The Story – – – At a time when women were often considered less than a commodity the farmer’s cow or the nobleman’s land prized above a wife or daughter, Marie de France, by sheer force of will and bolstered by what she believed were divine visions, created a religious stronghold where women were not only safe but valued as industrious leaders. Considered an unmarriageable orphan within the court of Henry II, Eleanor of Aquitaine relegated Marie to a nunnery. But rather than allow herself to be forgotten, Marie transformed the impoverished abbey, where the nuns were dying of starvation when she arrived, into a religious center where women illuminated manuscripts (considered a task suitable only for men) and built a cathedral.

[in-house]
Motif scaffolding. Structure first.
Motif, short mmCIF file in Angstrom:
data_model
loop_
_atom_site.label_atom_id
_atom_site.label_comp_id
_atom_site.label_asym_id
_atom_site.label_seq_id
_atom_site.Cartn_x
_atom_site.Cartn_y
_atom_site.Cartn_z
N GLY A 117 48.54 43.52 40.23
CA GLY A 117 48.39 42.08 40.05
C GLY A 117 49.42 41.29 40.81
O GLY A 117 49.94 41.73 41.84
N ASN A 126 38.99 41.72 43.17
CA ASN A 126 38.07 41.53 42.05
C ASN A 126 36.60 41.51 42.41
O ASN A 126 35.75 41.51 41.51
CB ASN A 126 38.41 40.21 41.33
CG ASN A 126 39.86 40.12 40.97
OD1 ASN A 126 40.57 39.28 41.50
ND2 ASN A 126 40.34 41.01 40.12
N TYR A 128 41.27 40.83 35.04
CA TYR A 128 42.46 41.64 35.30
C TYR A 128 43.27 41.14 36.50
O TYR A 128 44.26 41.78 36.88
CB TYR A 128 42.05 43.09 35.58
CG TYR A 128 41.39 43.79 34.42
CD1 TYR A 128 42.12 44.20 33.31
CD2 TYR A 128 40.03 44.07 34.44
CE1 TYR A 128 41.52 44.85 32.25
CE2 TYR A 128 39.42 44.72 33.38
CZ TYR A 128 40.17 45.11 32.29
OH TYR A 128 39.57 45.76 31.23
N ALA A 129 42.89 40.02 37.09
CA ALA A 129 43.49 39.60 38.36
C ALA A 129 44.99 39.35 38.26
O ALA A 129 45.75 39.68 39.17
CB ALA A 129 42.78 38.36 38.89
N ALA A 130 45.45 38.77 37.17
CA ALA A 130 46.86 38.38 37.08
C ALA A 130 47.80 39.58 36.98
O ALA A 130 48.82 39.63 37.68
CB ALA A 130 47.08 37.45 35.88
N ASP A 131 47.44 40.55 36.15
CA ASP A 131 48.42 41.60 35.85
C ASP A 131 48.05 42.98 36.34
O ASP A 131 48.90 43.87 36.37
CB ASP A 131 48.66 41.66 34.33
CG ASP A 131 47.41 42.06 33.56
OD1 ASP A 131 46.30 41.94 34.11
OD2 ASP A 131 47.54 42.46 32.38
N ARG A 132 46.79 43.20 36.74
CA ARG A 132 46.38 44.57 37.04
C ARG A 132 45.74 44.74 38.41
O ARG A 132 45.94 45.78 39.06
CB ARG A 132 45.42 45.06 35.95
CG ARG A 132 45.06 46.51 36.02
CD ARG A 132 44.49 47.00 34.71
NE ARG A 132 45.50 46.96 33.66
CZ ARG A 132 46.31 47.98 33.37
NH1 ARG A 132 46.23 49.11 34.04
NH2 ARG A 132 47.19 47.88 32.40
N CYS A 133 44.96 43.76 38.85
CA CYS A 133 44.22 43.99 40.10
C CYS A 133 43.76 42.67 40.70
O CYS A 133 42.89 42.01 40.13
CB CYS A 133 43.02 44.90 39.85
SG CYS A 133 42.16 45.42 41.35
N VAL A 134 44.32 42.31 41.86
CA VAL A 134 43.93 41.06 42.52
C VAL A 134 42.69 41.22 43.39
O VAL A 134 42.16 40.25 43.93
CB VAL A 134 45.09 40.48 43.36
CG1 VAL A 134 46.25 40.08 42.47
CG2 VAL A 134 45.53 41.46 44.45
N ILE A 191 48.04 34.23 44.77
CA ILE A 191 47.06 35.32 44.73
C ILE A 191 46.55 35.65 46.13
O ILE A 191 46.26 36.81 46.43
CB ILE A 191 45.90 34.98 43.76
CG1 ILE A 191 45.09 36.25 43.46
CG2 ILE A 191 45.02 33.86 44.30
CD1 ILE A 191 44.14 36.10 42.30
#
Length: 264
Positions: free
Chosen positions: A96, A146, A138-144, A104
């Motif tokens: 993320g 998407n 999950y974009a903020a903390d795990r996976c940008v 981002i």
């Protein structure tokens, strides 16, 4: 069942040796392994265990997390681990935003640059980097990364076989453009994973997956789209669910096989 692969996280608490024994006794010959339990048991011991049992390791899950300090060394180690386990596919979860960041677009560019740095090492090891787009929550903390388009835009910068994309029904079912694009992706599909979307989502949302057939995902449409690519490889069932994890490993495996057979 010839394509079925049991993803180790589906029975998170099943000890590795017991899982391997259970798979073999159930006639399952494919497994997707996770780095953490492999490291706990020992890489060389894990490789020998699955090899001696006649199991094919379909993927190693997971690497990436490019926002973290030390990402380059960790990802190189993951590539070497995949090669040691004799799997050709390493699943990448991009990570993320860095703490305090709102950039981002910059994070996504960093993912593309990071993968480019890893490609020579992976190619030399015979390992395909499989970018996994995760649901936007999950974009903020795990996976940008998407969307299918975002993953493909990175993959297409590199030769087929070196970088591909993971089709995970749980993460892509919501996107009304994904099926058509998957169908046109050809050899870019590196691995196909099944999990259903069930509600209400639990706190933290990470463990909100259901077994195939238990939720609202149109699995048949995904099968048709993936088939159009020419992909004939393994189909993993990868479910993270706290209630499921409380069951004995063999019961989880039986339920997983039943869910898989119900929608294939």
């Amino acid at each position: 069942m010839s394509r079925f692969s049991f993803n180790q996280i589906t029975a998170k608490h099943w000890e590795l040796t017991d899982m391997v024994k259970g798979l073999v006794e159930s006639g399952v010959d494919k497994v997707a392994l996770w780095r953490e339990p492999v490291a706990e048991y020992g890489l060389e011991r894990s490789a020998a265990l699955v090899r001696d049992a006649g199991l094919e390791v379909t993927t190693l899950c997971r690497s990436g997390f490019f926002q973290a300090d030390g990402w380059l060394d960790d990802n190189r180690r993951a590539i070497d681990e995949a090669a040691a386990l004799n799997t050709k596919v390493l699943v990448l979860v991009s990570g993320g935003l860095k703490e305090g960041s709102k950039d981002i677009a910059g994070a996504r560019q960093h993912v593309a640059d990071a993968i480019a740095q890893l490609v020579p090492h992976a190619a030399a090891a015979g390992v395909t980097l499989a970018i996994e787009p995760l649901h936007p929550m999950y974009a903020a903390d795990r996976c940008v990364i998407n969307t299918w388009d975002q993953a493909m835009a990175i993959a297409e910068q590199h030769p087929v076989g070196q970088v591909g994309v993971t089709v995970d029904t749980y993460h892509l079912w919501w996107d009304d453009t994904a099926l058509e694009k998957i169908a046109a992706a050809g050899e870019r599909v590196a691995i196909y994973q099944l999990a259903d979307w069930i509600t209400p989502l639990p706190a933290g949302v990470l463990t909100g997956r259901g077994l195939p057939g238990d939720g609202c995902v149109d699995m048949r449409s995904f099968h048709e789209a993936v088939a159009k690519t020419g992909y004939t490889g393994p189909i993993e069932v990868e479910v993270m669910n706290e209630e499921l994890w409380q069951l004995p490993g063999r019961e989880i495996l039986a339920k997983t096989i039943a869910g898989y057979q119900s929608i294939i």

While written as fiction, Lauren Groff’s protagonist did exist in the real life of the 12th century although little is known of Marie. Even her name has been lost to the centuries as she is simply dubbed Marie de France. Reputable sources – the British Library and the Encyclopedia Britannitica – consider her the earliest known French female poet.
Our Matrix book discussions occurred during two gatherings, the first when The Directors – my library loving, book reading, wine-drinking group of retired friends – ventured into the frigid January weather for soup in St. Paul. But we were too starved of lively catch-up banter to give this title our focused concentration and hence came back to it on another frigid day, this time over Zoom with everyone snug at home. Everyone agreed Groff’s stylized writing flowed lyrically off the page even if the degree of enjoyment brought by this “read” varied.